The Greek elections avoided a worst-case scenario but weren't enough to lift the Dow Jones today, as the index fell 0.20%. However, it was a different story in tech, as the Nasdaq hopped 0.78%. The gains can be attributed largely to Apple (NAS: AAPL) , which contributes 18% of the Nasdaq's weighting and was up more than 2% on the day. Yet Apple wasn't alone among tech companies seeing big rallies. In fact, one of its component plays saw much higher gains. Let's take a deeper look.
Apple's performance today was tops among the 10 highest-weighted Nasdaq stocks. Over the weekend, there wasn't any particularly meaningful news surrounding the company, and there wasn't much Wall Street chatter on the company today, aside from a note that developers prefer iOS -- duh -- and another bullish note from Topeka Security's Brian "I will have the highest price target on Apple!" White.
So let's take a look at what the broader macro news could mean for Apple. The company gets about 25% of its sales from Europe. That's an extremely meaningful sum for the company, and Apple has managed to see strong growth on the continent in recent years. The largest threat to Apple in the region right now is the pushback from carriers such as Vodafone (NAS: VOD) and Telefonica (NYS: TEF) against subsidizing the iPhone, as they instead favor picking payment plans for financing phone costs. Right now, they've used Spain as the battleground to test cutting subsidies, with both predictably seeing a loss of mobile subscribers of 170,000 and 90,000, respectively, in the first quarter. France Telecom's (NYS: FTE) Orange brand, which is continuing to subsidize devices in Spain, gained 130,000 members.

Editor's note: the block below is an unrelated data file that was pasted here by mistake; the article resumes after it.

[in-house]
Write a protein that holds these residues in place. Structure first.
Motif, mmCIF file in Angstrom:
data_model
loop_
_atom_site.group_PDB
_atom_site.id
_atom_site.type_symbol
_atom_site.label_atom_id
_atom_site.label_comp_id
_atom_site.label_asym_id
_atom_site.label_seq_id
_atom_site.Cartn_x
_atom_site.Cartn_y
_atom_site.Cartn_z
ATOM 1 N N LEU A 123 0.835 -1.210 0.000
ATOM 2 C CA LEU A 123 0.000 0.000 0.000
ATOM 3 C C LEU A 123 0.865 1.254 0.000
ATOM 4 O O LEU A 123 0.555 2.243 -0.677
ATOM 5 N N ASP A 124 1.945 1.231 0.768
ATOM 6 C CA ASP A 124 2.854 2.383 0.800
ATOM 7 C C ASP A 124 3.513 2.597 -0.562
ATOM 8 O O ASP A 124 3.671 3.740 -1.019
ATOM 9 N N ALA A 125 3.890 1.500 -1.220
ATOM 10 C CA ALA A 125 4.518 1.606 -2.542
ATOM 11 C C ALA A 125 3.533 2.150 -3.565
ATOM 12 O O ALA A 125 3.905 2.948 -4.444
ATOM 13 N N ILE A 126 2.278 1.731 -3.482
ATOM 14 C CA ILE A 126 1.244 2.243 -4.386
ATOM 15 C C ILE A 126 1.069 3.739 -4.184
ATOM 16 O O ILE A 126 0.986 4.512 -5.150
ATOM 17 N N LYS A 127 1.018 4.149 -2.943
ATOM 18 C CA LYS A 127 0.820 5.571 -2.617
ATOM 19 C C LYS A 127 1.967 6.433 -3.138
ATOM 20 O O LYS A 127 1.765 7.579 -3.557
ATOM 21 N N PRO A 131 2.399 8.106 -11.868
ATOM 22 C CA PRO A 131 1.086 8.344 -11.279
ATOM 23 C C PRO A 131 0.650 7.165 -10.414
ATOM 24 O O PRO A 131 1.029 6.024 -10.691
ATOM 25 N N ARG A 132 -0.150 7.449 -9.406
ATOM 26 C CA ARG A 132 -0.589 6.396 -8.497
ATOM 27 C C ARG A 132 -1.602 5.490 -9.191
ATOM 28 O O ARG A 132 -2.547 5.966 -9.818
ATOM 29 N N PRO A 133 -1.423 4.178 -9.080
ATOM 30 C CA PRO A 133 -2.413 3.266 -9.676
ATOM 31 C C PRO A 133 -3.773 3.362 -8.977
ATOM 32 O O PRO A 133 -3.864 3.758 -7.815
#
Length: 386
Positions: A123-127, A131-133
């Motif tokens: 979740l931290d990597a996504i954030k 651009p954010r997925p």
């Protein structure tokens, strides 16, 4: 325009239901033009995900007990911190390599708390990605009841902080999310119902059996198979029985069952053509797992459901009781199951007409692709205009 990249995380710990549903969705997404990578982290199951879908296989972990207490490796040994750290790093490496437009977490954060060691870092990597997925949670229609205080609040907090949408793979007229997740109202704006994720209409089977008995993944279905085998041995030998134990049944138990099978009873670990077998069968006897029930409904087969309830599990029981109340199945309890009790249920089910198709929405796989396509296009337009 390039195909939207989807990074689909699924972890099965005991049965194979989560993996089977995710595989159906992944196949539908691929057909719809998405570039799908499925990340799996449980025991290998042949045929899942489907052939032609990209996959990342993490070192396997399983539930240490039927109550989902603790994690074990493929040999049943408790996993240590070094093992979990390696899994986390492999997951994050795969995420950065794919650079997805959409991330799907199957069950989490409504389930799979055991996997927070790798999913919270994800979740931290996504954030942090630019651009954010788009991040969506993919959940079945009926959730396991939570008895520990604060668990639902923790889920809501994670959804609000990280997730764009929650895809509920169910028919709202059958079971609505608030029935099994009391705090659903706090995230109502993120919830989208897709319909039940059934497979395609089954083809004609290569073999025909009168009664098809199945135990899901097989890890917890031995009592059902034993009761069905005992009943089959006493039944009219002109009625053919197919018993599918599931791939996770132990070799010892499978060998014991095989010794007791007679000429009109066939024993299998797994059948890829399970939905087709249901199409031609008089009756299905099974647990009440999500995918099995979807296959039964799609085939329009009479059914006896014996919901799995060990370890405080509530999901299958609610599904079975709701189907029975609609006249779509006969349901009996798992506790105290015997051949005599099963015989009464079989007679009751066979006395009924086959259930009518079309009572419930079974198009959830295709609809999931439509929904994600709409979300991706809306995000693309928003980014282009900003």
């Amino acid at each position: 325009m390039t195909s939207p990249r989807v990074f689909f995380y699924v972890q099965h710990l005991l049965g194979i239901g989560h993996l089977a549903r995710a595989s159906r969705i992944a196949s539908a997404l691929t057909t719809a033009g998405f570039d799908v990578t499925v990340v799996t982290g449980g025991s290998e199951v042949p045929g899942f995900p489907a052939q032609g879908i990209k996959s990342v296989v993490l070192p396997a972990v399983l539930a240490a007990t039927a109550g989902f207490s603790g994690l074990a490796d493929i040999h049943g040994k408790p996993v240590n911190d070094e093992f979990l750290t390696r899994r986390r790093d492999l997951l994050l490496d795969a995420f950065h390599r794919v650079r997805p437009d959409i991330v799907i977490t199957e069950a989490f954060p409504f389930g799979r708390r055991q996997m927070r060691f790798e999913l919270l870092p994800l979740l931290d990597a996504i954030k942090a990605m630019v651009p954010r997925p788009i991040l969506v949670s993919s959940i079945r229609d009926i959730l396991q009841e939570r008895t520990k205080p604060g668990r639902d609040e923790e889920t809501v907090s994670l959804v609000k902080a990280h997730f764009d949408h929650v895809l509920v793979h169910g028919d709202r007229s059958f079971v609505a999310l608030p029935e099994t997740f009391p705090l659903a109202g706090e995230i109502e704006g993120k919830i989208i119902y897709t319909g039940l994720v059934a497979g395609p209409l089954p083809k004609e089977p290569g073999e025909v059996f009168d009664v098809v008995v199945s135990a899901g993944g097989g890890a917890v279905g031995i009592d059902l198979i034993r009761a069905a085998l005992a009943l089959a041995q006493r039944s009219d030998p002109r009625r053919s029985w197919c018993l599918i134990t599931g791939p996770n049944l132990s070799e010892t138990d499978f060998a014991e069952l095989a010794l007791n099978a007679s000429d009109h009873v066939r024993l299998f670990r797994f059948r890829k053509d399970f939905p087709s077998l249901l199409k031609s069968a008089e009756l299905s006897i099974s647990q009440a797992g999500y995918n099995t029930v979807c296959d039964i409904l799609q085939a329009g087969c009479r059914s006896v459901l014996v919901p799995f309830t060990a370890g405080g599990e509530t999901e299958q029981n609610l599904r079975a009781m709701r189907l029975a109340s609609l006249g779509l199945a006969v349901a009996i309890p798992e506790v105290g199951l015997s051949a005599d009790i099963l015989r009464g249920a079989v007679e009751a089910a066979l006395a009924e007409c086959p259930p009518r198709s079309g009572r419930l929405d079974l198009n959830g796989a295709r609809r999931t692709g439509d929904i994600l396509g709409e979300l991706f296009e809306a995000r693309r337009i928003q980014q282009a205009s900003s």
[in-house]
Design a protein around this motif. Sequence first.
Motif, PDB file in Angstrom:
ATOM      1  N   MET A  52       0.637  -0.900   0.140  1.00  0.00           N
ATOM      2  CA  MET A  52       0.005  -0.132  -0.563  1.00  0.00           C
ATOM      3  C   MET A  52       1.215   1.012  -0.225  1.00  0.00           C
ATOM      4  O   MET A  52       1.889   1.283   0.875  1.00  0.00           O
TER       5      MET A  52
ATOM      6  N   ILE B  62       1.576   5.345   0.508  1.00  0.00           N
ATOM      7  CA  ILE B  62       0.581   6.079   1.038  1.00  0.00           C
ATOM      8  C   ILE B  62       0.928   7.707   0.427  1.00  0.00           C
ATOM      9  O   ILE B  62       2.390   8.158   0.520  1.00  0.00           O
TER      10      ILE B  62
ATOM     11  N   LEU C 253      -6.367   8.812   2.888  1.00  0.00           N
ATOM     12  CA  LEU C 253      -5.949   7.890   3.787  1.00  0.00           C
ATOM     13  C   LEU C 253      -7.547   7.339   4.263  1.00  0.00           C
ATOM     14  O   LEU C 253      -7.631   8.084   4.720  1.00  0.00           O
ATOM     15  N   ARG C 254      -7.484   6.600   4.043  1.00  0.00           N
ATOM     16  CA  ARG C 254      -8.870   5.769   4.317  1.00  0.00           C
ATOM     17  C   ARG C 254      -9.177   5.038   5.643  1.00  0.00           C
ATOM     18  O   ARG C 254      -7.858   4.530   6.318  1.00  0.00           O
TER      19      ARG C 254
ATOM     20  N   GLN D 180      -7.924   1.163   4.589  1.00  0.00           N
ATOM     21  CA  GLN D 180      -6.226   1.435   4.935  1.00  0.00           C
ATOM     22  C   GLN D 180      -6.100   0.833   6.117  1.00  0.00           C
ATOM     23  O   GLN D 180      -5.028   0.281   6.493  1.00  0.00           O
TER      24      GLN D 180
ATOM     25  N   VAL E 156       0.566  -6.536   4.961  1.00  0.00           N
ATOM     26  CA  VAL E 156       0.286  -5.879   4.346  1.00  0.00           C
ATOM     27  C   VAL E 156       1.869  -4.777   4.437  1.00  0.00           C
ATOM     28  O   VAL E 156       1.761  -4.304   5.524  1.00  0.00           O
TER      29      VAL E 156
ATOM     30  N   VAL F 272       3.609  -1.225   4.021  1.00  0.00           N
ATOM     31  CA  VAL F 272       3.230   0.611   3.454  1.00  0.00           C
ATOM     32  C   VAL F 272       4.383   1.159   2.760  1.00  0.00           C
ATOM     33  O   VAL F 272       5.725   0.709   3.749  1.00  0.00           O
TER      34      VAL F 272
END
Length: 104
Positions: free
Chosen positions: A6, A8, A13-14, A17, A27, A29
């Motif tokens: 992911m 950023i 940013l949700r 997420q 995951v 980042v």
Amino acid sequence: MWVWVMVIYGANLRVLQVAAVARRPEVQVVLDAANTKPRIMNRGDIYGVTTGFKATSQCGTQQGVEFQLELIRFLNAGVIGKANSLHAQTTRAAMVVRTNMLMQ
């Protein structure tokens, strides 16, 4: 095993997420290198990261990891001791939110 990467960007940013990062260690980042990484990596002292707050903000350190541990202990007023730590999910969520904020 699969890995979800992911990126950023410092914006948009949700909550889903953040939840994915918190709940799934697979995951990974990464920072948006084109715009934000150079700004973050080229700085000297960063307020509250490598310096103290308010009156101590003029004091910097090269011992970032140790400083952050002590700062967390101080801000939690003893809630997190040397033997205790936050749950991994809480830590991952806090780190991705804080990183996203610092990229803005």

The "test" in Spain is still ongoing, but one thing is for certain: Weak economies across Europe will have more operators becoming willing to try out new methods for abandoning costly mobile subsidies. Beyond the obvious implication that a good world economy is good for Apple, a Europe that's more aggressively working to stem its financial crisis is good for Apple's ability to maintain the profitable status quo in how wireless companies subsidize its phones.
Cirrus Logic is a company I recommended in the real-money portfolio I run on Fool.com, and it has since gone on to a 139% gain. I've long admired the company's relationship with Apple, which accounts for about 63% of Cirrus' sales. While there are other companies with a high reliance on Apple as well, Cirrus' ability to expand across Apple's entire product lineup was impressive. Not only that, but Apple devices are also commonly hooked into external speakers, meaning the value proposition for a higher-end, custom-designed codec like the one Cirrus was offering made sense.
The company was up 5.69% today in spite of no clear catalysts. The Philadelphia Semi index was up 1.44% today, so chip stocks performed well as a whole. Throw in the fact that key supplier Apple also outperformed, and you can begin to see why Cirrus was bound to have a good day of its own.
Looking back across the year, Cirrus has already returned a market-thumping 93%! For the time being I'll continue holding onto the shares I own but won't buy any more. Cirrus is a great company, but its run is beginning to look overheated, especially considering how a European blowup could ravage the semiconductor space.
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At the time thisarticle was published Eric Bleeker owns shares of Cirrus Logic. The Motley Fool owns shares of Cirrus Logic, Apple, and France Telecom.Motley Fool newsletter serviceshave recommended buying shares of Apple, France Telecom, and Vodafone Group and creating a bull call spread position in Apple. The Motley Fool has adisclosure policy. We Fools don't all hold the same opinions, but we all believe thatconsidering a diverse range of insightsmakes us better investors. Try any of our Foolish newsletter servicesfree for 30 days.
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